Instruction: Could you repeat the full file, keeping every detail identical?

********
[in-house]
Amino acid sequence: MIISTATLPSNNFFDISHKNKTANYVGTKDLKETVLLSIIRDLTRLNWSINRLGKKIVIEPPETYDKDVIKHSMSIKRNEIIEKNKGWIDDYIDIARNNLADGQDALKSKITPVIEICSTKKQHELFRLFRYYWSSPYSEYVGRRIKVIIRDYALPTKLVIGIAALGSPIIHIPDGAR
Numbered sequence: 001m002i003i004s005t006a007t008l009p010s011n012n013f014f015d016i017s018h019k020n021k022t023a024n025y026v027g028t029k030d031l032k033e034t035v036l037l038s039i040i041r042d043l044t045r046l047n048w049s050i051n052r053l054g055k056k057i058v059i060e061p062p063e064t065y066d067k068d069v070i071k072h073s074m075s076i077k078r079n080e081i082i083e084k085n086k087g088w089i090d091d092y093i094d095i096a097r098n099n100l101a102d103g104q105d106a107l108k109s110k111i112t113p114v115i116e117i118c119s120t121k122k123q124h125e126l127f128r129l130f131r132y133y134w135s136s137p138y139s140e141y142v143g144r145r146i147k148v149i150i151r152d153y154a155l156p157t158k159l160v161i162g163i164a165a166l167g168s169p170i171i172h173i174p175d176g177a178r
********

[in-house]
Amino acid sequence: MIISTATLPSNNFFDISHKNKTANYVGTKDLKETVLLSIIRDLTRLNWSINRLGKKIVIEPPETYDKDVIKHSMSIKRNEIIEKNKGWIDDYIDIARNNLADGQDALKSKITPVIEICSTKKQHELFRLFRYYWSSPYSEYVGRRIKVIIRDYALPTKLVIGIAALGSPIIHIPDGAR
Numbered sequence: 001m002i003i004s005t006a007t008l009p010s011n012n013f014f015d016i017s018h019k020n021k022t023a024n025y026v027g028t029k030d031l032k033e034t035v036l037l038s039i040i041r042d043l044t045r046l047n048w049s050i051n052r053l054g055k056k057i058v059i060e061p062p063e064t065y066d067k068d069v070i071k072h073s074m075s076i077k078r079n080e081i082i083e084k085n086k087g088w089i090d091d092y093i094d095i096a097r098n099n100l101a102d103g104q105d106a107l108k109s110k111i112t113p114v115i116e117i118c119s120t121k122k123q124h125e126l127f128r129l130f131r132y133y134w135s136s137p138y139s140e141y142v143g144r145r146i147k148v149i150i151r152d153y154a155l156p157t158k159l160v161i162g163i164a165a166l167g168s169p170i171i172h173i174p175d176g177a178r